Time Out says
With loose affinities with Truffaut’s trite ‘The Last Metro’ and sporting inoffensive travesties of Renoir’s proletarian improvisations, ‘Paris 36’ is picaresquely set among a sprawling theatrical community, unemployed since a local gangster (Bernard-Pierre Donnadieu) closed their ‘Chansonia’ music hall. The movie follows their efforts, led by salt-of-the-earth Jugnot, firebrand Clovis Cornillac and gadfly Kad Merad, to occupy their old premises and – you guessed it – put on a show!
‘Paris 36’ employs performances on the sympathetic side of comic caricature which, while disallowing any sense of depth, steers the film nimbly between the twin rocks of overt sentimentality and pompousness. It looks a treat, with Eastwood’s cinematographer Tom Stern shooting fluidly in ’Scope with an alternating colour palette of cobblestone grey and boudoir rouge, and luxuriates in evidently painstaking costume and set design. The cherry on the cake is newcomer Nora Arnezeder as Douce, the provincial ingénue with the yellow bangs and the golden voice. The questions remain: will she escape the cynical clutches of Donnadieu’s ‘Galapiat the Beloved’? Fall for handsome communist loverboy Cornillac? Or become the toast of the war-threatened town?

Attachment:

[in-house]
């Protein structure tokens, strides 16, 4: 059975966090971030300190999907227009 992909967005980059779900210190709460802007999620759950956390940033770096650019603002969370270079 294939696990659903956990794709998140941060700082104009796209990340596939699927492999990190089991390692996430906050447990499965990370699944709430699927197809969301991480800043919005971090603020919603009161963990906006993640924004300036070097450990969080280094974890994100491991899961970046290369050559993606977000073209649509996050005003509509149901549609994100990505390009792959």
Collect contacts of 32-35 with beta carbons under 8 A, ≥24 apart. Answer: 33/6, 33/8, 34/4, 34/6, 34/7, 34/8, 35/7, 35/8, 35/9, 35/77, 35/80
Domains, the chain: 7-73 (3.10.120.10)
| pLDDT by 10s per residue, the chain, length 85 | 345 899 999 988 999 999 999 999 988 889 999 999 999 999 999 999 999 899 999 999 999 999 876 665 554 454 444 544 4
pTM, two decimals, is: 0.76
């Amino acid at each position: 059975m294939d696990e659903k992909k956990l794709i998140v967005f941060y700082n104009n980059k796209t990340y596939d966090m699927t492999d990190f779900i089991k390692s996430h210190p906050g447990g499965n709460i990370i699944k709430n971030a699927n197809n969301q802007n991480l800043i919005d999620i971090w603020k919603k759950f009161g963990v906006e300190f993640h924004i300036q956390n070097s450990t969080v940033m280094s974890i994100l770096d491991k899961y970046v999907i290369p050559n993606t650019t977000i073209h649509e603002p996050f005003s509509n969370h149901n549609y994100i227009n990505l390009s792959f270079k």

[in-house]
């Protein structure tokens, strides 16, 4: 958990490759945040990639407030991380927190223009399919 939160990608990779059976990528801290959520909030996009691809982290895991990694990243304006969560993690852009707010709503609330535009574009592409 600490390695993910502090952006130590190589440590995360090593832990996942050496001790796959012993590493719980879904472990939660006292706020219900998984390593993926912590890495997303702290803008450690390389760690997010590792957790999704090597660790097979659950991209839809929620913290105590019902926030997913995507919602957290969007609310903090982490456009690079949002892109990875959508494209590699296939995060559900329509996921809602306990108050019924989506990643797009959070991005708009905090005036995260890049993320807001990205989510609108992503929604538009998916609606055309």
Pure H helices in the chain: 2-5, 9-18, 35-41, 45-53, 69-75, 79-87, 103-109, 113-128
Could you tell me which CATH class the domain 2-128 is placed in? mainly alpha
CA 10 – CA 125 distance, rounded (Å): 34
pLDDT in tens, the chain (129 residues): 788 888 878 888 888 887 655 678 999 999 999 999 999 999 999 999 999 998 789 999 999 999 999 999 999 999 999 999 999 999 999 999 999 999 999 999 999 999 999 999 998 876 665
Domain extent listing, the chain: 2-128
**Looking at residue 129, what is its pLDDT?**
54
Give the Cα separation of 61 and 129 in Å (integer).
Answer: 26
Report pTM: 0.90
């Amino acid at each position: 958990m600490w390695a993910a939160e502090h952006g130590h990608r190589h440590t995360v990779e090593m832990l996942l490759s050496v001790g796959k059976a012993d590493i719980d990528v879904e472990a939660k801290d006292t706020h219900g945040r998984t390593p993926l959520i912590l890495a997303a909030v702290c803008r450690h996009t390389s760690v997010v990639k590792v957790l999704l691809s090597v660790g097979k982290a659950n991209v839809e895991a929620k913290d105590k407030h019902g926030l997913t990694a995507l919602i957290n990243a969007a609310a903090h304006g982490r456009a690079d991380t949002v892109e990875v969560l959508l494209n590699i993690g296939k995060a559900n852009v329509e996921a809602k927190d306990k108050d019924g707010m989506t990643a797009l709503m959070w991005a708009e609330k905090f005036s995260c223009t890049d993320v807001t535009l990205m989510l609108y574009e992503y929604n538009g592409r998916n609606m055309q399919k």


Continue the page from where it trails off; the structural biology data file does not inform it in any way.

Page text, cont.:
Cast and crew